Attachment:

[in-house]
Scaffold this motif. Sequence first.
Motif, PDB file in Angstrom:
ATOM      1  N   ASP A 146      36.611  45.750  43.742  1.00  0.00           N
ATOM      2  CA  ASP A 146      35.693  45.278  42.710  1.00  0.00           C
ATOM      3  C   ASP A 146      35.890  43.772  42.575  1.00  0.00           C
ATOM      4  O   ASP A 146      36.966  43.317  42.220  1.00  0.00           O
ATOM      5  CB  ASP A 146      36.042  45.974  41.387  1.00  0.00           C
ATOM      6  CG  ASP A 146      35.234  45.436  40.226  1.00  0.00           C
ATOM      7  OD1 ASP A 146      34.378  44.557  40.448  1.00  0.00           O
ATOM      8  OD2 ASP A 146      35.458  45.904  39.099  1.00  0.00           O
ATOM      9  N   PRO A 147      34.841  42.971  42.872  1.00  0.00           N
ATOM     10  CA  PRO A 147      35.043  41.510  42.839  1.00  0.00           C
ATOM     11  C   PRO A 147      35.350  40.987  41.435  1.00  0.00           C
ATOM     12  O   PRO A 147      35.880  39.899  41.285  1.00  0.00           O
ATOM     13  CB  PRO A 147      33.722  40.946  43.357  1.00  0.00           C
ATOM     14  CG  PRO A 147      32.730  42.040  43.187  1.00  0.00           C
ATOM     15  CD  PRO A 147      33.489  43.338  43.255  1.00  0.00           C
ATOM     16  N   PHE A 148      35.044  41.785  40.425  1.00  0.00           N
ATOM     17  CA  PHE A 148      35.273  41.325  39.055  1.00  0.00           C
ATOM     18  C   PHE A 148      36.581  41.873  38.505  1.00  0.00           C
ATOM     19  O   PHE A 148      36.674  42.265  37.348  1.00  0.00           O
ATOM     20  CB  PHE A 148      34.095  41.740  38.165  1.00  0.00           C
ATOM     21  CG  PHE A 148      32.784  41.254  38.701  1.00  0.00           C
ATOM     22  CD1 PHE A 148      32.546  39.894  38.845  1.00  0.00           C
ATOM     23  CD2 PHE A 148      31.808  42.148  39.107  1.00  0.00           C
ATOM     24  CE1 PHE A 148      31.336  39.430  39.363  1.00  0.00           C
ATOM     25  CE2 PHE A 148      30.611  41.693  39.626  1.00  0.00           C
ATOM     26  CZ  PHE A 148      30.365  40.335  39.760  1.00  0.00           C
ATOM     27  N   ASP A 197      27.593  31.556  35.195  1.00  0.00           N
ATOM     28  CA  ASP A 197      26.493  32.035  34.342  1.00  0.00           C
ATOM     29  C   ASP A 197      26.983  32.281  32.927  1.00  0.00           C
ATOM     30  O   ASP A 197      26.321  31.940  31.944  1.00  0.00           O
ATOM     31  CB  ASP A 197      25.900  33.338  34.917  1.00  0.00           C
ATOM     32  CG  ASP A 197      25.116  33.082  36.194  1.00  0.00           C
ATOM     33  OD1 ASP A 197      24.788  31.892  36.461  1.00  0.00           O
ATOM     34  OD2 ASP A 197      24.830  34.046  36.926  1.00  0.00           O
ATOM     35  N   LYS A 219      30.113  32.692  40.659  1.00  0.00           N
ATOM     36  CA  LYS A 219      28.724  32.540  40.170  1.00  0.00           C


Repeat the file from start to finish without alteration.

[in-house]
Scaffold this motif. Sequence first.
Motif, PDB file in Angstrom:
ATOM      1  N   ASP A 146      36.611  45.750  43.742  1.00  0.00           N
ATOM      2  CA  ASP A 146      35.693  45.278  42.710  1.00  0.00           C
ATOM      3  C   ASP A 146      35.890  43.772  42.575  1.00  0.00           C
ATOM      4  O   ASP A 146      36.966  43.317  42.220  1.00  0.00           O
ATOM      5  CB  ASP A 146      36.042  45.974  41.387  1.00  0.00           C
ATOM      6  CG  ASP A 146      35.234  45.436  40.226  1.00  0.00           C
ATOM      7  OD1 ASP A 146      34.378  44.557  40.448  1.00  0.00           O
ATOM      8  OD2 ASP A 146      35.458  45.904  39.099  1.00  0.00           O
ATOM      9  N   PRO A 147      34.841  42.971  42.872  1.00  0.00           N
ATOM     10  CA  PRO A 147      35.043  41.510  42.839  1.00  0.00           C
ATOM     11  C   PRO A 147      35.350  40.987  41.435  1.00  0.00           C
ATOM     12  O   PRO A 147      35.880  39.899  41.285  1.00  0.00           O
ATOM     13  CB  PRO A 147      33.722  40.946  43.357  1.00  0.00           C
ATOM     14  CG  PRO A 147      32.730  42.040  43.187  1.00  0.00           C
ATOM     15  CD  PRO A 147      33.489  43.338  43.255  1.00  0.00           C
ATOM     16  N   PHE A 148      35.044  41.785  40.425  1.00  0.00           N
ATOM     17  CA  PHE A 148      35.273  41.325  39.055  1.00  0.00           C
ATOM     18  C   PHE A 148      36.581  41.873  38.505  1.00  0.00           C
ATOM     19  O   PHE A 148      36.674  42.265  37.348  1.00  0.00           O
ATOM     20  CB  PHE A 148      34.095  41.740  38.165  1.00  0.00           C
ATOM     21  CG  PHE A 148      32.784  41.254  38.701  1.00  0.00           C
ATOM     22  CD1 PHE A 148      32.546  39.894  38.845  1.00  0.00           C
ATOM     23  CD2 PHE A 148      31.808  42.148  39.107  1.00  0.00           C
ATOM     24  CE1 PHE A 148      31.336  39.430  39.363  1.00  0.00           C
ATOM     25  CE2 PHE A 148      30.611  41.693  39.626  1.00  0.00           C
ATOM     26  CZ  PHE A 148      30.365  40.335  39.760  1.00  0.00           C
ATOM     27  N   ASP A 197      27.593  31.556  35.195  1.00  0.00           N
ATOM     28  CA  ASP A 197      26.493  32.035  34.342  1.00  0.00           C
ATOM     29  C   ASP A 197      26.983  32.281  32.927  1.00  0.00           C
ATOM     30  O   ASP A 197      26.321  31.940  31.944  1.00  0.00           O
ATOM     31  CB  ASP A 197      25.900  33.338  34.917  1.00  0.00           C
ATOM     32  CG  ASP A 197      25.116  33.082  36.194  1.00  0.00           C
ATOM     33  OD1 ASP A 197      24.788  31.892  36.461  1.00  0.00           O
ATOM     34  OD2 ASP A 197      24.830  34.046  36.926  1.00  0.00           O
ATOM     35  N   LYS A 219      30.113  32.692  40.659  1.00  0.00           N
ATOM     36  CA  LYS A 219      28.724  32.540  40.170  1.00  0.00           C